Science and Faith: An Interview with a Biochemist

Through RTB’s Visiting Scholar Program, we often have the pleasure of hosting and working with experts in various fields of study. Earlier this year, RTB welcomed Dr. Russ Carlson, a biochemist who has contributed to important research on complex carbohydrates and taught at the University of Georgia for 26 years. Russ received his PhD in biochemistry from the University of Colorado in 1976, and currently serves as an emeritus professor of biochemistry and molecular biology and of the Complex Carbohydrate Research Center at the University of Georgia in Athens, Georgia.

I had an opportunity to talk with Russ on my podcast, Straight Thinking (you can listen to the episode here). On behalf of Reflections, RTB editor Maureen Moser sat down with Dr. Carlson to discover how his faith and research intersect and how he approaches apologetics in his own outreach efforts.


Let’s begin with your scientific discipline. What do you research?

I do research in biochemistry and molecular biology. My research has mainly focused on how microbes interact with host cells, whether they’re pathogens (in my case, the microbes are bacterial pathogens) or symbionts (in which case, the interaction is beneficial to both the microbe and the host).

I work at the Complex Carbohydrate Research Center. The surfaces of all cells—including the bacterial cell and the host cell—are coated with a complex array of different carbohydrate structures. These structures are the first point of contact between a microbe and the host cell. So complex carbohydrates play a role in determining pathogenicity in a pathogen and the ability of a symbiont to carry out its function inside a host cell.

Where do you see evidence for design in this field of research?

I’ve been asked this question a lot and sometimes my mind just goes blank because I can’t think of a point in that process where I don’t see evidence for design. The evidence is in everything.

If biochemists see a specific molecular structure, we want to determine its function. We want to understand the structure-function relationship of the molecule. Any biochemist will assume that there is a function (that is, a purpose or meaning) for a molecule. All scientists operate under those assumptions. For me, this is an assumption that’s really supported by my Christian faith. I believe function, meaning, and purpose are best explained as the products of a Mind and support intelligent design.

On a personal level, how does being a scientist impact your faith?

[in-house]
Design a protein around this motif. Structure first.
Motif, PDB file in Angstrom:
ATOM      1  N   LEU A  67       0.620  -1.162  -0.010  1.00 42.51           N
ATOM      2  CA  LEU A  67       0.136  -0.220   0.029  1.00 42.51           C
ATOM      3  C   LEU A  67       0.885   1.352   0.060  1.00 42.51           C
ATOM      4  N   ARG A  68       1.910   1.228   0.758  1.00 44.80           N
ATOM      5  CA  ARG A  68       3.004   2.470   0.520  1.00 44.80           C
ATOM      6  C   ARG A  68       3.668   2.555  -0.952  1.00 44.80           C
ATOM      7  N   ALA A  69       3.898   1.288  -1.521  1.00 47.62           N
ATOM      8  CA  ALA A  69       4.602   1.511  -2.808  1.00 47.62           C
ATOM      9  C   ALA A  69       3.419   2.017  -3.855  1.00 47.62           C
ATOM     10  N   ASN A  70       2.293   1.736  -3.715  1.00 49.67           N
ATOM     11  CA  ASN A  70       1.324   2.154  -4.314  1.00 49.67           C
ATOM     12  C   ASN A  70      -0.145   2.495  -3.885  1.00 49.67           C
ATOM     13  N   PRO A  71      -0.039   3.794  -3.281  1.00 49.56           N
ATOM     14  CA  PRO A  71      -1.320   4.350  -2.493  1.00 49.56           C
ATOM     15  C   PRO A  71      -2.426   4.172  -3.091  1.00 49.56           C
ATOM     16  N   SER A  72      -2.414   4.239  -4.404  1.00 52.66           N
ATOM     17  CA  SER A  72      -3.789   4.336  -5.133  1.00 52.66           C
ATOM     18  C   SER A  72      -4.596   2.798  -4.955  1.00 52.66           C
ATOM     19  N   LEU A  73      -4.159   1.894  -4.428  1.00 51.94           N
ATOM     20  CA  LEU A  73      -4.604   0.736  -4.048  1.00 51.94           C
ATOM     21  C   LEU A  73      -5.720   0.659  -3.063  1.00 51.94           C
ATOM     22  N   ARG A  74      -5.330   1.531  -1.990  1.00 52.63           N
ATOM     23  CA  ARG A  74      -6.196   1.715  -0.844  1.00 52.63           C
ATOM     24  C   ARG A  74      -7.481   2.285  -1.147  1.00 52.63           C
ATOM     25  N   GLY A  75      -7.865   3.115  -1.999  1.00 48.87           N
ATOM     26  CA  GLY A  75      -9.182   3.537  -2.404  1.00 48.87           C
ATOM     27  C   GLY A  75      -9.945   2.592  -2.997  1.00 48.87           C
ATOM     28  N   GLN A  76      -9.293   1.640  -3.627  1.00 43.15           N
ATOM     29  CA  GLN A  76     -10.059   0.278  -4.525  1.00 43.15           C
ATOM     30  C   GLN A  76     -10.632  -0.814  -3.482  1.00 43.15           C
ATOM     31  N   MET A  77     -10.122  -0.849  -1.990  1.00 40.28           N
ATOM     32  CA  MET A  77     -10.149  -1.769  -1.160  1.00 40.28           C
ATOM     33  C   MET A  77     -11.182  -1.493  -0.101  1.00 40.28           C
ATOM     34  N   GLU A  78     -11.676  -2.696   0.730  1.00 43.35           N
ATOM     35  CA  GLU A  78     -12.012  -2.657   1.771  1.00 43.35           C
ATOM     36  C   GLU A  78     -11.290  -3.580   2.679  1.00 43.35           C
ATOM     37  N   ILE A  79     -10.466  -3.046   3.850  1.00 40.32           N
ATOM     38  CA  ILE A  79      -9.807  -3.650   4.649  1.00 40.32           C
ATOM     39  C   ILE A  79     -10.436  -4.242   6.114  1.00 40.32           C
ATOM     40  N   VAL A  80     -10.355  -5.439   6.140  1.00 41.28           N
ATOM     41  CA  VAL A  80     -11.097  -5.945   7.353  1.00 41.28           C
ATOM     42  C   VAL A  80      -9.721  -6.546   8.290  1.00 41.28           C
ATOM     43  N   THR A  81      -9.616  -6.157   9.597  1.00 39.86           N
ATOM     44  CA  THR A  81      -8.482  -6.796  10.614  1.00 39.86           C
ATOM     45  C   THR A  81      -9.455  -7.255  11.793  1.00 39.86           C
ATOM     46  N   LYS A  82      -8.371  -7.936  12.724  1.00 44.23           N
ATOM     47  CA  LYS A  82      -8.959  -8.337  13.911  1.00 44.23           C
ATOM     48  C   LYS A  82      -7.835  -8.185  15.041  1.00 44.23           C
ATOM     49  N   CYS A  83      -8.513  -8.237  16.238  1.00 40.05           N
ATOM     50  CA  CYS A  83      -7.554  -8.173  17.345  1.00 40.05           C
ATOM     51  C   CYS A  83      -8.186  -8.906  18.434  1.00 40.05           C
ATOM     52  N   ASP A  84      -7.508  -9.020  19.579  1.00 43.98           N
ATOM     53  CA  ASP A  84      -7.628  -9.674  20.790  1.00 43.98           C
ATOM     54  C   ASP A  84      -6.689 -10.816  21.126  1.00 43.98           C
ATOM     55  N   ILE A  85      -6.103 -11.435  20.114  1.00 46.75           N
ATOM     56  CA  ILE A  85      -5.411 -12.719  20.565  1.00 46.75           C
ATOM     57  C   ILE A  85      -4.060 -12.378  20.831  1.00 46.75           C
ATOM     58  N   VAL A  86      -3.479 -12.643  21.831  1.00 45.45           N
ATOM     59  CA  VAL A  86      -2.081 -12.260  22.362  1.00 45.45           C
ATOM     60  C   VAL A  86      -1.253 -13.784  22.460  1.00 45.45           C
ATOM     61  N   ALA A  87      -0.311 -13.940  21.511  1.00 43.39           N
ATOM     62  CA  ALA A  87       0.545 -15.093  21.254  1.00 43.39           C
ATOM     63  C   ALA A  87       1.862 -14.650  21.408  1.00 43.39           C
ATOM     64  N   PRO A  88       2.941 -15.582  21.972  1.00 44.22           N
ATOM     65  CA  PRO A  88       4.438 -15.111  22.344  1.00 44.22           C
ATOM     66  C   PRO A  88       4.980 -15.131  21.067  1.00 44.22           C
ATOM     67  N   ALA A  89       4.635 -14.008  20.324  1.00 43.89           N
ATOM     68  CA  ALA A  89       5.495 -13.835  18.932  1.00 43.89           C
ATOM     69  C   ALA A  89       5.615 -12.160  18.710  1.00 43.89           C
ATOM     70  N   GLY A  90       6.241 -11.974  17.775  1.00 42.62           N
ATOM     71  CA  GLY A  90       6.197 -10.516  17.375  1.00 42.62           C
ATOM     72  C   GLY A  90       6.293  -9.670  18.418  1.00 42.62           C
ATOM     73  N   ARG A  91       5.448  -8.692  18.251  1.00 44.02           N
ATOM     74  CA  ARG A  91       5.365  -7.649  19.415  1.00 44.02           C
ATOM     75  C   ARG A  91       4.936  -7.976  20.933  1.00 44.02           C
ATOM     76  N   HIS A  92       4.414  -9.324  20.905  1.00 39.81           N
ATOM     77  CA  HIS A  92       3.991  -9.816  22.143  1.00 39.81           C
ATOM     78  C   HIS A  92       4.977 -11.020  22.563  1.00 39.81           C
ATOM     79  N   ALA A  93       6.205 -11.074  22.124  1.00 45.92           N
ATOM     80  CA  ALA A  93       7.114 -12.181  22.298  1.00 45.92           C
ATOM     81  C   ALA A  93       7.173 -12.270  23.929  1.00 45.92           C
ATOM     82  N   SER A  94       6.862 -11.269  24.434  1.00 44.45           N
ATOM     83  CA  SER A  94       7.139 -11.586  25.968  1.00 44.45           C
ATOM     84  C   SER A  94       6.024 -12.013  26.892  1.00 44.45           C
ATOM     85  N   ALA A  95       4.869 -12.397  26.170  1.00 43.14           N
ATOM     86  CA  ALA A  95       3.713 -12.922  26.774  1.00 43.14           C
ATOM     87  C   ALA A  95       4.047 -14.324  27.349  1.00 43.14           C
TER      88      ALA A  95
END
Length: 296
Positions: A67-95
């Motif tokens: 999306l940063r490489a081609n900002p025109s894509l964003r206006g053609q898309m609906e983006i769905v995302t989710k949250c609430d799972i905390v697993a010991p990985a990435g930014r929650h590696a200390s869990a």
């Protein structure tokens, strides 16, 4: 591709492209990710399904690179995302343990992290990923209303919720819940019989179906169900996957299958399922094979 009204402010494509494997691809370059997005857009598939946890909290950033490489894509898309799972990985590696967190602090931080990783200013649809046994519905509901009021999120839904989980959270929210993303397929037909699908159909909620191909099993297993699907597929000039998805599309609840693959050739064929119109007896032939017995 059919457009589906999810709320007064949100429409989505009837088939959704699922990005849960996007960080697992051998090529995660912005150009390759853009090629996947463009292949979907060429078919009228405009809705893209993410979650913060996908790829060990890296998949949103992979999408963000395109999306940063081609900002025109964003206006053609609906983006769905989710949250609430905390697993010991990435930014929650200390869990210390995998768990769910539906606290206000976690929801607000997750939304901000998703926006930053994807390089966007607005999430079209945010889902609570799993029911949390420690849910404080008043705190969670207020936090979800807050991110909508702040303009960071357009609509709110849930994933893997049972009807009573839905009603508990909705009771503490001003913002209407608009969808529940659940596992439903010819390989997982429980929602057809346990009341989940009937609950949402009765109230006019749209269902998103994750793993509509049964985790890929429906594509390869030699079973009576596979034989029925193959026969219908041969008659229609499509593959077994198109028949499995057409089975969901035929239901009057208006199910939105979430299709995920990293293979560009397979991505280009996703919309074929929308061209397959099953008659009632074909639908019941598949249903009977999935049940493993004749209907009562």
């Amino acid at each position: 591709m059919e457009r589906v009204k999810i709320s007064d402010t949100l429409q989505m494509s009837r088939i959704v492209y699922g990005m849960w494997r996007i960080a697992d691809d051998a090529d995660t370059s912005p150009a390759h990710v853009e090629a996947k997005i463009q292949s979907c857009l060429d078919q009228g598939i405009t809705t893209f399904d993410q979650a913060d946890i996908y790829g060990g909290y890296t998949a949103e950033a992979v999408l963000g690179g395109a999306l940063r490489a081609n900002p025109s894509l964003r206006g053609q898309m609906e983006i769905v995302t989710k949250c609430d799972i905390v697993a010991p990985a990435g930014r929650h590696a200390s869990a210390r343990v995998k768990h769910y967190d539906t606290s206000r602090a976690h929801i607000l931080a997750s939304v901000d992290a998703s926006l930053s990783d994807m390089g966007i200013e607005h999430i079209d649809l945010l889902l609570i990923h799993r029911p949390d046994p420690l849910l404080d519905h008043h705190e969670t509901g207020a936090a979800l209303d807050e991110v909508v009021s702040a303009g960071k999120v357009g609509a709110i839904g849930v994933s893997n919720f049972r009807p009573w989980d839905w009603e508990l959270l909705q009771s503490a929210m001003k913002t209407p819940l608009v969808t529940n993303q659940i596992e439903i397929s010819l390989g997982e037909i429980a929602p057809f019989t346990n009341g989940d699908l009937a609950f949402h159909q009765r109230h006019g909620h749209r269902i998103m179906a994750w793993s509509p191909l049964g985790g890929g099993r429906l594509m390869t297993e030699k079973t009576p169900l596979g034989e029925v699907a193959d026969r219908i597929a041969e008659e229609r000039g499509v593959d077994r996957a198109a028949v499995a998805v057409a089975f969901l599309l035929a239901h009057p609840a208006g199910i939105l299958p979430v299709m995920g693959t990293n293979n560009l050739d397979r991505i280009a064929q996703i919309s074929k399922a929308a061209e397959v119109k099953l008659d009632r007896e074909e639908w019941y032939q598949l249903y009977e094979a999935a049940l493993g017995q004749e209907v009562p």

One of my favorite things as child, and later as a college student, was solving mathematical, chemistry, or physics problems. It was just fun to see what the solution was and to understand what was happening. And, further, the fact that we can understand these things in nature was an awesome feeling.

Now, as a research scientist, I still find that it’s an awesome thing to understand just how a molecule is made, what its structure is, and what its purpose is in the cell. It really gives a sense of joy.

Would you say such understanding is a connection to the Creator?

Yes, and I think it is for a lot of scientists, whether they’re Christian or not. But I think that if a scientist is a Christian, this understanding increases the satisfaction of the discovery. You feel a connection with God because you’ve understood something He’s made and how it works.

Understanding how something works in nature is a powerful confirmation of what God did and how awesome He is. Understanding brings more strength to my faith, rather than detracting from it.

That’s awesome! Continuing on the personal note, whom would you name as the critical mentors in the development of your faith?

I had great examples. My father was a pastor; he and my mom were tremendous examples of what it meant to be caring, compassionate people whose motivation was to help others in their present circumstances and help them spiritually to know God and what He did for them through Christ. My wife, Cheryl, came into my life at a time when I was dealing with some questions and her parents also were tremendously important in my life.

And at school, during my time of questioning Christianity, it was my science professors who were very encouraging to me in my faith. The questions I faced were created by some of my theology professors. That’s where the challenge came for me.

That’s very interesting. Now you have had the opportunity to be a professor yourself. How did you reach out to the students you taught?